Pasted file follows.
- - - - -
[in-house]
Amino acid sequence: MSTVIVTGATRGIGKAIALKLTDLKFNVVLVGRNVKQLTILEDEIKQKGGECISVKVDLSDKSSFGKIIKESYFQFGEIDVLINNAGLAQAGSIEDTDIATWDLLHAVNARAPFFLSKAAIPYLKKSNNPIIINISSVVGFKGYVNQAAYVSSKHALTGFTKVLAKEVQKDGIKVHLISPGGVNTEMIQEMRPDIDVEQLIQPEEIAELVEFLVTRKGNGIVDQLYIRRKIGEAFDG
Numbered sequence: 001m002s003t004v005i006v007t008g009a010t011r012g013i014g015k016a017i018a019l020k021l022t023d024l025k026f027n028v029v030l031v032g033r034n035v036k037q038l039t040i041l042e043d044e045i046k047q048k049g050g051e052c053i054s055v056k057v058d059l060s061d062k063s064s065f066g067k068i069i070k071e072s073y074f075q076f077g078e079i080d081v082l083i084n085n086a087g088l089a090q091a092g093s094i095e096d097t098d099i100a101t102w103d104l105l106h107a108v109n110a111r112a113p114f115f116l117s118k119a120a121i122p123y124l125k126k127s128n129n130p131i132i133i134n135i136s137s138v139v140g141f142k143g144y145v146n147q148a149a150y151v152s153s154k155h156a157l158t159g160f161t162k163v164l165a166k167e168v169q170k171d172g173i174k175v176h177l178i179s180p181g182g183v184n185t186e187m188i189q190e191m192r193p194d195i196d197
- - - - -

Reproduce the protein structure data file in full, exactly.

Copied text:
[in-house]
Amino acid sequence: MSTVIVTGATRGIGKAIALKLTDLKFNVVLVGRNVKQLTILEDEIKQKGGECISVKVDLSDKSSFGKIIKESYFQFGEIDVLINNAGLAQAGSIEDTDIATWDLLHAVNARAPFFLSKAAIPYLKKSNNPIIINISSVVGFKGYVNQAAYVSSKHALTGFTKVLAKEVQKDGIKVHLISPGGVNTEMIQEMRPDIDVEQLIQPEEIAELVEFLVTRKGNGIVDQLYIRRKIGEAFDG
Numbered sequence: 001m002s003t004v005i006v007t008g009a010t011r012g013i014g015k016a017i018a019l020k021l022t023d024l025k026f027n028v029v030l031v032g033r034n035v036k037q038l039t040i041l042e043d044e045i046k047q048k049g050g051e052c053i054s055v056k057v058d059l060s061d062k063s064s065f066g067k068i069i070k071e072s073y074f075q076f077g078e079i080d081v082l083i084n085n086a087g088l089a090q091a092g093s094i095e096d097t098d099i100a101t102w103d104l105l106h107a108v109n110a111r112a113p114f115f116l117s118k119a120a121i122p123y124l125k126k127s128n129n130p131i132i133i134n135i136s137s138v139v140g141f142k143g144y145v146n147q148a149a150y151v152s153s154k155h156a157l158t159g160f161t162k163v164l165a166k167e168v169q170k171d172g173i174k175v176h177l178i179s180p181g182g183v184n185t186e187m188i189q190e191m192r193p194d195i196d197